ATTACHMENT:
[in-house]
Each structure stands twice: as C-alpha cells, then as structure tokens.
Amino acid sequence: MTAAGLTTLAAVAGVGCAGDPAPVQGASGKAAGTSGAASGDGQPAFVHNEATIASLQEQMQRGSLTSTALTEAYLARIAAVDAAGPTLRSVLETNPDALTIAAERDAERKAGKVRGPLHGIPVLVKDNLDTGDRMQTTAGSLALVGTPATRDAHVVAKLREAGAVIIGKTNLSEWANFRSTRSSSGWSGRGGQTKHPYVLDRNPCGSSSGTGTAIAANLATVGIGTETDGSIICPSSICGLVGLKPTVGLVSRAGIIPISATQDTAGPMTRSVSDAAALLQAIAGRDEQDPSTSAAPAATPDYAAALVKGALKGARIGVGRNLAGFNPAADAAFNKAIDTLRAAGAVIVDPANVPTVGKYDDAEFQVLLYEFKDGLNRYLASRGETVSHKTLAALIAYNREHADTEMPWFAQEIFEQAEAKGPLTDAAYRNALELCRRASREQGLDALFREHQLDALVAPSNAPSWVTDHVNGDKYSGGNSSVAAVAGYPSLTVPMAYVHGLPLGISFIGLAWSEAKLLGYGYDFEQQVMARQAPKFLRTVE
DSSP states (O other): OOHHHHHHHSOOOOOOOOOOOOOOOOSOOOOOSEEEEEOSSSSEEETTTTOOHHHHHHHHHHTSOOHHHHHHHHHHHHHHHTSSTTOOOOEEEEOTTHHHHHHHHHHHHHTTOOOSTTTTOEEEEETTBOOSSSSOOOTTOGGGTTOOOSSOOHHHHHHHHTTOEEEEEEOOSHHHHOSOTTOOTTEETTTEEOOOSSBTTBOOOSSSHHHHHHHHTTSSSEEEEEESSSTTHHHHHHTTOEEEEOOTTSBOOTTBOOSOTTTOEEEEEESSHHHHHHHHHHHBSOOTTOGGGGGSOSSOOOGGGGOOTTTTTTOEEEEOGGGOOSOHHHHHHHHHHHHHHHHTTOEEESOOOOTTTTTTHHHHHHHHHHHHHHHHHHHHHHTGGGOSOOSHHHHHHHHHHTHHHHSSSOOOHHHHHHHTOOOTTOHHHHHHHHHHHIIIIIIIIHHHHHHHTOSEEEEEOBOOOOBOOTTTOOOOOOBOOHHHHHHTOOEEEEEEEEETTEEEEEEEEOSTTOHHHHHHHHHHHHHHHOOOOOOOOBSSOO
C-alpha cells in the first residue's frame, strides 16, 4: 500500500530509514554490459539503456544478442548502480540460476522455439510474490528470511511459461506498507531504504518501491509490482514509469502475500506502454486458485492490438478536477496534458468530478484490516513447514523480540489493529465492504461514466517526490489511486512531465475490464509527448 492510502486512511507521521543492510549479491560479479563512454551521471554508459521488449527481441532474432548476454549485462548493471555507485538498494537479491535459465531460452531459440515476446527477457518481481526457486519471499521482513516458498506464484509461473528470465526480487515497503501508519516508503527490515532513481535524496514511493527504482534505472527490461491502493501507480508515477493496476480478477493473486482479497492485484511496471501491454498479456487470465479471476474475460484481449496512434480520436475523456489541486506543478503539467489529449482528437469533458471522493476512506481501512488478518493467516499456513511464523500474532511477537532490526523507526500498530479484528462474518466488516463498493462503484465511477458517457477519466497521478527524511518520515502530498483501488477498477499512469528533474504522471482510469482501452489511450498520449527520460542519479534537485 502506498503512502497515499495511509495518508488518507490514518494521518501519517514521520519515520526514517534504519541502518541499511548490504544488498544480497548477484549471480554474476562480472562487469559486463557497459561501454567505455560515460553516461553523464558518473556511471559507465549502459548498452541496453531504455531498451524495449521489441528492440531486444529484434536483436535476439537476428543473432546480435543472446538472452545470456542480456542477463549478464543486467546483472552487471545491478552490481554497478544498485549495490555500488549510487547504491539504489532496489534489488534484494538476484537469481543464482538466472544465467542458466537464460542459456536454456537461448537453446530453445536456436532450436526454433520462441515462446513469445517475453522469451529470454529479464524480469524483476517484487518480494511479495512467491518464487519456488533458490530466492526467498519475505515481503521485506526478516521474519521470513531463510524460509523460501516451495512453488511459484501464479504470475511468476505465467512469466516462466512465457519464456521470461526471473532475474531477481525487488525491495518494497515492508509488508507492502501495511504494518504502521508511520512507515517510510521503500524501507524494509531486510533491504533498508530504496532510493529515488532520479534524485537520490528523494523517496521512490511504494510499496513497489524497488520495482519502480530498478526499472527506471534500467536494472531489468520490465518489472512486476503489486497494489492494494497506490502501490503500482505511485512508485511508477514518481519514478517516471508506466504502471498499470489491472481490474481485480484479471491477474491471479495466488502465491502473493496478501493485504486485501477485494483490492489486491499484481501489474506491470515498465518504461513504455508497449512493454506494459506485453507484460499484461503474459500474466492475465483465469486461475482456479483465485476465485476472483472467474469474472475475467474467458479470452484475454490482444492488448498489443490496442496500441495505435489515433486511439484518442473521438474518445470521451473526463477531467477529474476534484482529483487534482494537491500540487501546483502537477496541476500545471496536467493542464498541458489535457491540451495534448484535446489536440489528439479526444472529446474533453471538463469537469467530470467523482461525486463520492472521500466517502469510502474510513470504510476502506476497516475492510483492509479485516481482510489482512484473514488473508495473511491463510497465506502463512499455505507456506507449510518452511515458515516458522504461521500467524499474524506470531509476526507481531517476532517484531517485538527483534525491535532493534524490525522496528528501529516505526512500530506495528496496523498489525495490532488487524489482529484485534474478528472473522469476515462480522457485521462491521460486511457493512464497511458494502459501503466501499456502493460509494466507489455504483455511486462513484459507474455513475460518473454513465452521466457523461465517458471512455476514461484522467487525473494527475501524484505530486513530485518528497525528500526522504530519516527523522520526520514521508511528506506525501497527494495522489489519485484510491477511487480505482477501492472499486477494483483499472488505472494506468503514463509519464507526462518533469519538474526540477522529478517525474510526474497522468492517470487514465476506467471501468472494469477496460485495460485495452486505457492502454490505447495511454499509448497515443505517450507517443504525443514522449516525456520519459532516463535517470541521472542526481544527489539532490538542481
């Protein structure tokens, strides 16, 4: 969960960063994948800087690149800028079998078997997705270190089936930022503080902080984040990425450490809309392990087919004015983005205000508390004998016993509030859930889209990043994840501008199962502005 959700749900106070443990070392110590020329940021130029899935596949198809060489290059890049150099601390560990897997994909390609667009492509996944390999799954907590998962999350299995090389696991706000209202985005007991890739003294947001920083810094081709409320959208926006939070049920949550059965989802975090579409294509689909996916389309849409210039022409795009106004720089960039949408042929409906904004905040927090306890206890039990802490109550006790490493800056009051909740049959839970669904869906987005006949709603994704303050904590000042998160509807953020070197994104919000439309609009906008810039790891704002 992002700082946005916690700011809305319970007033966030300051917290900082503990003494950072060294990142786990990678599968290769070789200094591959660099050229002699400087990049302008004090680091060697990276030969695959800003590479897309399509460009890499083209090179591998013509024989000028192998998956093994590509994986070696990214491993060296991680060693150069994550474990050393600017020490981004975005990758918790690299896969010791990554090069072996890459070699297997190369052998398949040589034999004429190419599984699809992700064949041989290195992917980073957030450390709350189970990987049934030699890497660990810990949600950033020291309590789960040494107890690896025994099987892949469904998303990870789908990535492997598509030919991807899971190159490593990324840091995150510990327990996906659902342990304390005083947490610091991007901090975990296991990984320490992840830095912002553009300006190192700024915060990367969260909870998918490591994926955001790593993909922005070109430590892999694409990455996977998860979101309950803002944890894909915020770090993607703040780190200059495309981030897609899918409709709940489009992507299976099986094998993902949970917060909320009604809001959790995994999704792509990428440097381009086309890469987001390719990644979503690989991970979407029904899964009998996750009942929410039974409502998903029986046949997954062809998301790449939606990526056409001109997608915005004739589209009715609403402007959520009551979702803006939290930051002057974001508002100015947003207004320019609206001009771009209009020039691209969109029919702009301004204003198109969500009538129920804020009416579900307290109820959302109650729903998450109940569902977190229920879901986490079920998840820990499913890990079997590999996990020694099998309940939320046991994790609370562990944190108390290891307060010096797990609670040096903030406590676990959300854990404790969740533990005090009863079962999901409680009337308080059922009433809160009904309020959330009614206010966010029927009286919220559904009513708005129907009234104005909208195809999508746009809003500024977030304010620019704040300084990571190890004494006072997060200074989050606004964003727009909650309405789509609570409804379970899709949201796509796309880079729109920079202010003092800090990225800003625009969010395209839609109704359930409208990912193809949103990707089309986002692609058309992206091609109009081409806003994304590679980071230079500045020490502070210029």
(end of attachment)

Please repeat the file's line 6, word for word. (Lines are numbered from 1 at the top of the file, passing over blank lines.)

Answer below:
């Protein structure tokens, strides 16, 4: 969960960063994948800087690149800028079998078997997705270190089936930022503080902080984040990425450490809309392990087919004015983005205000508390004998016993509030859930889209990043994840501008199962502005 959700749900106070443990070392110590020329940021130029899935596949198809060489290059890049150099601390560990897997994909390609667009492509996944390999799954907590998962999350299995090389696991706000209202985005007991890739003294947001920083810094081709409320959208926006939070049920949550059965989802975090579409294509689909996916389309849409210039022409795009106004720089960039949408042929409906904004905040927090306890206890039990802490109550006790490493800056009051909740049959839970669904869906987005006949709603994704303050904590000042998160509807953020070197994104919000439309609009906008810039790891704002 992002700082946005916690700011809305319970007033966030300051917290900082503990003494950072060294990142786990990678599968290769070789200094591959660099050229002699400087990049302008004090680091060697990276030969695959800003590479897309399509460009890499083209090179591998013509024989000028192998998956093994590509994986070696990214491993060296991680060693150069994550474990050393600017020490981004975005990758918790690299896969010791990554090069072996890459070699297997190369052998398949040589034999004429190419599984699809992700064949041989290195992917980073957030450390709350189970990987049934030699890497660990810990949600950033020291309590789960040494107890690896025994099987892949469904998303990870789908990535492997598509030919991807899971190159490593990324840091995150510990327990996906659902342990304390005083947490610091991007901090975990296991990984320490992840830095912002553009300006190192700024915060990367969260909870998918490591994926955001790593993909922005070109430590892999694409990455996977998860979101309950803002944890894909915020770090993607703040780190200059495309981030897609899918409709709940489009992507299976099986094998993902949970917060909320009604809001959790995994999704792509990428440097381009086309890469987001390719990644979503690989991970979407029904899964009998996750009942929410039974409502998903029986046949997954062809998301790449939606990526056409001109997608915005004739589209009715609403402007959520009551979702803006939290930051002057974001508002100015947003207004320019609206001009771009209009020039691209969109029919702009301004204003198109969500009538129920804020009416579900307290109820959302109650729903998450109940569902977190229920879901986490079920998840820990499913890990079997590999996990020694099998309940939320046991994790609370562990944190108390290891307060010096797990609670040096903030406590676990959300854990404790969740533990005090009863079962999901409680009337308080059922009433809160009904309020959330009614206010966010029927009286919220559904009513708005129907009234104005909208195809999508746009809003500024977030304010620019704040300084990571190890004494006072997060200074989050606004964003727009909650309405789509609570409804379970899709949201796509796309880079729109920079202010003092800090990225800003625009969010395209839609109704359930409208990912193809949103990707089309986002692609058309992206091609109009081409806003994304590679980071230079500045020490502070210029």